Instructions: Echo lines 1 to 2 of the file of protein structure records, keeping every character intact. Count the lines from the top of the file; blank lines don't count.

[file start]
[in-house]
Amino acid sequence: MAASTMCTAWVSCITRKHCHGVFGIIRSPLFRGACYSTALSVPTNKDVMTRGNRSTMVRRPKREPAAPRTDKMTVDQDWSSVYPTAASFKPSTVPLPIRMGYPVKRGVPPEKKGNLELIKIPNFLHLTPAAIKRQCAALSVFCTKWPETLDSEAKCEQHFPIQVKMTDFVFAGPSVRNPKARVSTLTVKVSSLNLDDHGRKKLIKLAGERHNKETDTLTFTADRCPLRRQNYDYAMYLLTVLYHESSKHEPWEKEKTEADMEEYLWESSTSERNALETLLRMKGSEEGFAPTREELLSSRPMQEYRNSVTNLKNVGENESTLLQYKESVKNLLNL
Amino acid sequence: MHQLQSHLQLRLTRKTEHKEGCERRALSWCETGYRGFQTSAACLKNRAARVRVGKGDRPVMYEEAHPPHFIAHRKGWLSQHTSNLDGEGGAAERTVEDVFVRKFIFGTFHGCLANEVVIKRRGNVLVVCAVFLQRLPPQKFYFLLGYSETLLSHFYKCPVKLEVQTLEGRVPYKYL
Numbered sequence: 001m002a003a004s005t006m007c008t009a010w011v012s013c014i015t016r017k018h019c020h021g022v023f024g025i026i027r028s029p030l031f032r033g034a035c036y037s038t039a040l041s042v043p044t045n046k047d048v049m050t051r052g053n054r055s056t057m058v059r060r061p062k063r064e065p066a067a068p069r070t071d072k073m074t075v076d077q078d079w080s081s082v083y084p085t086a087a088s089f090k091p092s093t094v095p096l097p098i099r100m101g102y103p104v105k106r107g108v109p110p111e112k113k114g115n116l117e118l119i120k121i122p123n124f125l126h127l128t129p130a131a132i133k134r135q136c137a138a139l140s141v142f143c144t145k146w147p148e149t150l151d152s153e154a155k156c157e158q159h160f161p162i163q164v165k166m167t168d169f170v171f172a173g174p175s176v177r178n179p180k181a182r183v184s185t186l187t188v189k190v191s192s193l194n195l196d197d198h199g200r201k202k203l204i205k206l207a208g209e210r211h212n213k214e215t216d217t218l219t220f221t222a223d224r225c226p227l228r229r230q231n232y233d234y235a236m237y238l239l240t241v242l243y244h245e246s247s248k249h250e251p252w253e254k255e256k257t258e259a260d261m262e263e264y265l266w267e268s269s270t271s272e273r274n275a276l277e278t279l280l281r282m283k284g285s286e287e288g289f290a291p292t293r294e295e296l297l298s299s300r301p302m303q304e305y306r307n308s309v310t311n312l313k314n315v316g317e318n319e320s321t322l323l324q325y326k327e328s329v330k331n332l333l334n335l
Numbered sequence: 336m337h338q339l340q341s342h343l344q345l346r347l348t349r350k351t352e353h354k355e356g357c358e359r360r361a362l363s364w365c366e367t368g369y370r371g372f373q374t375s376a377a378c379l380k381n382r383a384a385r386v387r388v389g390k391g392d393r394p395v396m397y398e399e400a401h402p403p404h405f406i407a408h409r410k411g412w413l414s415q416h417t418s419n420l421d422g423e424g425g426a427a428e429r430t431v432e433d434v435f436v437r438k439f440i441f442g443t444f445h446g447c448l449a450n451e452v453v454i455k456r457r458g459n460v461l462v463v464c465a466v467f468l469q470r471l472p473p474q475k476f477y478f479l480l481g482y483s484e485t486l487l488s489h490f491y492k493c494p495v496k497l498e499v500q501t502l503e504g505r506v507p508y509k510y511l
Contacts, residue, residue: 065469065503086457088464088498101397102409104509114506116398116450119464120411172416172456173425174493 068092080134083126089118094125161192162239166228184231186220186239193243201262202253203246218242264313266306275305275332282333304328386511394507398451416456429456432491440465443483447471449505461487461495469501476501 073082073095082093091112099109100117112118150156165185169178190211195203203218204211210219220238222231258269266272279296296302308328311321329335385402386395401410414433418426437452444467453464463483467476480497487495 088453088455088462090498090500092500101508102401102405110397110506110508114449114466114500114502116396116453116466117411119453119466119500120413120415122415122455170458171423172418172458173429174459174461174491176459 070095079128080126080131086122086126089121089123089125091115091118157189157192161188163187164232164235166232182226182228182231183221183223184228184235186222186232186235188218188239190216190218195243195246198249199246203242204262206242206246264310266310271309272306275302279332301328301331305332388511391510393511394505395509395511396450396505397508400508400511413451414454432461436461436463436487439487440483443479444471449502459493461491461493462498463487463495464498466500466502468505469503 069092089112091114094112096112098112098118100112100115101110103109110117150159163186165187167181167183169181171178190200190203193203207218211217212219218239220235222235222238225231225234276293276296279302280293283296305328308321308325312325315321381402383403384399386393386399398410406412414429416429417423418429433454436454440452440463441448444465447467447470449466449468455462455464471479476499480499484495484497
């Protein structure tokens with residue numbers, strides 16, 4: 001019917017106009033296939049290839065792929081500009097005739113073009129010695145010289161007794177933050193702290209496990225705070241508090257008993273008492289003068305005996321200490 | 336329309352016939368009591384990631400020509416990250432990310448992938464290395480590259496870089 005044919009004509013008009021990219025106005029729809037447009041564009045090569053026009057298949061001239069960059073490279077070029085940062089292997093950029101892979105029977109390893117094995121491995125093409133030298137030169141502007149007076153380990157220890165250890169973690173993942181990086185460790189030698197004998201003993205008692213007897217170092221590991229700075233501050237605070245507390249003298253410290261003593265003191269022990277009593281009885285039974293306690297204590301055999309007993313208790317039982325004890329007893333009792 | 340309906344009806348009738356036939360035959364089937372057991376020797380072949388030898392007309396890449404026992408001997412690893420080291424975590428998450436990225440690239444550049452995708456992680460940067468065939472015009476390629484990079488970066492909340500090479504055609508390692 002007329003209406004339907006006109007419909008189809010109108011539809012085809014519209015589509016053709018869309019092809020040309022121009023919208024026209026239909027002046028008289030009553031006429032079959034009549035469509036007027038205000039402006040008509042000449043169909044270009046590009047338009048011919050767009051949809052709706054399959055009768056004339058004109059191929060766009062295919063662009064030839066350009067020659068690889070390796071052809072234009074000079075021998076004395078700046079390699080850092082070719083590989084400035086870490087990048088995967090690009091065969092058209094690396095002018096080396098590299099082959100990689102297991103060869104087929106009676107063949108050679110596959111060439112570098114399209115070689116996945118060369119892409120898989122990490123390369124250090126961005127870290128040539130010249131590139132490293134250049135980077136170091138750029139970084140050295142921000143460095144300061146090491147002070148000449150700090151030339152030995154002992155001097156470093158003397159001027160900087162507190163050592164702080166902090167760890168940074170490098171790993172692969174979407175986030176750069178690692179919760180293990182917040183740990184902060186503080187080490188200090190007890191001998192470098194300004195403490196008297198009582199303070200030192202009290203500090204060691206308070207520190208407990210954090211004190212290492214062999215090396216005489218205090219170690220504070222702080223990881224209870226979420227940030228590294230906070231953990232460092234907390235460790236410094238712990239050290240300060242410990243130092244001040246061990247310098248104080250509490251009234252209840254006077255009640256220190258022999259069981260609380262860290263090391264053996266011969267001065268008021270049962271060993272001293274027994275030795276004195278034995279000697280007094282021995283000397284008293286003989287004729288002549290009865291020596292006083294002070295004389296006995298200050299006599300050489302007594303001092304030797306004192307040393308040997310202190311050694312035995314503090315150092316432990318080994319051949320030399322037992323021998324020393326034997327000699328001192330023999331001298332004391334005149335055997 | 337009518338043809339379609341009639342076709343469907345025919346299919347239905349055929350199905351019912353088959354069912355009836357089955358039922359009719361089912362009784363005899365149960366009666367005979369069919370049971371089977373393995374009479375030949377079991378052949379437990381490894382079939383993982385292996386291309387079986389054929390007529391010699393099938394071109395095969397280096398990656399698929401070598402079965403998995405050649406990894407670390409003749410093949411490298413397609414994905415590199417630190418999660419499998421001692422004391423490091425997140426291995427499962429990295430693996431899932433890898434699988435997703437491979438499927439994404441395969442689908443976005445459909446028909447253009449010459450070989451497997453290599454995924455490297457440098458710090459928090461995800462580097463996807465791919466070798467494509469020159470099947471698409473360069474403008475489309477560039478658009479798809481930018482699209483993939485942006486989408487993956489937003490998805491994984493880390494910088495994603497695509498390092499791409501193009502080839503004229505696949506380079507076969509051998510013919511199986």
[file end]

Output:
[in-house]
Amino acid sequence: MAASTMCTAWVSCITRKHCHGVFGIIRSPLFRGACYSTALSVPTNKDVMTRGNRSTMVRRPKREPAAPRTDKMTVDQDWSSVYPTAASFKPSTVPLPIRMGYPVKRGVPPEKKGNLELIKIPNFLHLTPAAIKRQCAALSVFCTKWPETLDSEAKCEQHFPIQVKMTDFVFAGPSVRNPKARVSTLTVKVSSLNLDDHGRKKLIKLAGERHNKETDTLTFTADRCPLRRQNYDYAMYLLTVLYHESSKHEPWEKEKTEADMEEYLWESSTSERNALETLLRMKGSEEGFAPTREELLSSRPMQEYRNSVTNLKNVGENESTLLQYKESVKNLLNL